Open Letter To Hull City

March 19, 2019

As we enter the final stages of the 2018/19 season, it is an absolute credit to Nigel Adkins and his backroom team, that despite the exodus of players last summer, and the minimal level of investment given to him by the Club owners, that he has managed to be able to guide the team to remain within touching distance of the play-off places.

It is extremely concerning therefore, to the players and most Hull City supporters that the future of Nigel and his support staff remains uncertain leaving himself, (and the fans), unsure as to whether their contracts are to be extended beyond the end of the current season.

National journalists and broadcasters have stated their surprise in recent weeks at the uncertainty over Nigel’s future with the Club, especially as the commendable job he has done with the team in such difficult circumstances, which can only have enhanced his reputation within the English game and alerted proactive owners of competitive clubs to his services.

Should a competitor club decide to make an approach for Nigel, it would be completely understandable that he would be tempted to leave Hull City and decide to ply his trade elsewhere and leave behind a backdrop of further uncertainty on and off the pitch.

The decline in matchday attendances at the K.Com stadium this seasons has been alarming but hardly surprising given the Club’s continued use of the unpopular and much maligned Membership Scheme, that despite offering at times competitive prices for adult supporters, does not offer concessionary prices which has priced out less abled, senior citizen and junior supporters, the latter of which has been a major concern for too long in relation to the future fan base of the Club. Regarding the Club’s stance on disabled ticketing, in light of the recent victory over York Barbicans disabled ticketing policy,  we ask the Club for an update on this important, current matter.

The uncertainty over contracts beyond this season, is not confined to just the management team, yet again, the futures of numerous first team players are not clear as the season draws to a close and contract extensions not discussed.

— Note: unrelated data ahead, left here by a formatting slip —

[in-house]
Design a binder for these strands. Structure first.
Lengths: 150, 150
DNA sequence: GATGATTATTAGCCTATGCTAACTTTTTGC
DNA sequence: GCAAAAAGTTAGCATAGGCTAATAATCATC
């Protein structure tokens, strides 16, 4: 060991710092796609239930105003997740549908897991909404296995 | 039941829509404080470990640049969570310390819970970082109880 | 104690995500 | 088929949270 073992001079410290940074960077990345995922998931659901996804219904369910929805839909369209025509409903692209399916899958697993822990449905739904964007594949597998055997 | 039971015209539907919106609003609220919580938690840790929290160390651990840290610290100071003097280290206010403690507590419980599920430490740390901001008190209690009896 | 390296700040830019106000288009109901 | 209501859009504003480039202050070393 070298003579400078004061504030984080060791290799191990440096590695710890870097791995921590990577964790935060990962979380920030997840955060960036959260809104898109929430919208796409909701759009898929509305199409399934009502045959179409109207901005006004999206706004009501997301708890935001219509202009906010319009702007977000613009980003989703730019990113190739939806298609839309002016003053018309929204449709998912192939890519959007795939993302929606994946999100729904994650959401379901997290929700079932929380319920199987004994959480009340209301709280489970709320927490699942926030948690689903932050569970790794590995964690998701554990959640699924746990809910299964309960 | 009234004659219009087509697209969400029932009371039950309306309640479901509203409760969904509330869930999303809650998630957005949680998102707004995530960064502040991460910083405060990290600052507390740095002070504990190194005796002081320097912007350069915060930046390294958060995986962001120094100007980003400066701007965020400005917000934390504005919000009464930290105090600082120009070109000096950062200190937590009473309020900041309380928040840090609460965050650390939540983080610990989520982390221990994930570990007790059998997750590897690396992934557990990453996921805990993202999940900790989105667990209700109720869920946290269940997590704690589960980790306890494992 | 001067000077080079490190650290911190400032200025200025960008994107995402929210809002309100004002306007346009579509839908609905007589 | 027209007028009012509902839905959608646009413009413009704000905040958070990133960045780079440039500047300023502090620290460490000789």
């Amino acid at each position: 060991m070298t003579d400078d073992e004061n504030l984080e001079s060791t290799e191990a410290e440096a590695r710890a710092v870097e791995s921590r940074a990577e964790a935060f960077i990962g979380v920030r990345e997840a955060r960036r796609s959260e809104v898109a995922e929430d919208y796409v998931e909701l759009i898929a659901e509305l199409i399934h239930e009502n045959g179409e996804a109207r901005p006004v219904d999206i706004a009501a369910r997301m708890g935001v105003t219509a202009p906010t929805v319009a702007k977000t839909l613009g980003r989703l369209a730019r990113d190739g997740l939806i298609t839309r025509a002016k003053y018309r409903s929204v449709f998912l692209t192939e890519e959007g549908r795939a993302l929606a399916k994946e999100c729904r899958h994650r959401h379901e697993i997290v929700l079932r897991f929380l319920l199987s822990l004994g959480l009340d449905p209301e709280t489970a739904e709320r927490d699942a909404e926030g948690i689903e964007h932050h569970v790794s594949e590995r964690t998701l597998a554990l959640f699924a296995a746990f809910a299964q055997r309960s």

As a backdrop to the above, the prolonged uncertainty over the Club ownership situation continues to be a huge distraction to supporters, and undoubtedly the management team and players at the Club, which can only hamper medium to longer terms decisions that need to be made on an individual and collective level.

It has been widely reported that there have been numerous parties interested in purchasing the Club since the play-off final victory over Sheffield Wednesday almost 3 years ago, none of which have reached a successful conclusion. The recently reported asking price quoted by Assem Allam of £50m is well in excess of purchase prices for Championship clubs over the past 2 years, (all of whom owned their stadiums), and bafflingly £9m more than the figure quoted last October.

With any business transaction, there needs to be a willing buyer and a willing seller to conclude a deal. The inflated current asking price for a Club with minimal assets cannot be conducive to new owners making a successful purchase and is surely a matter that the Allam family need to review to a more realistic and achievable asking price.

Unfortunately, the relationship between the Club and the Hull City Supporters Trust board continues to remain fractured following a decision by the Club ‘senior management’ to no longer formally deal with the Trust whilst our current Chairman remains in his position. Supporters Trusts are independent, not for profit organisations that are designed to enable a voice for fans and the local community, with an ultimate aim of fan representation on the Club Board.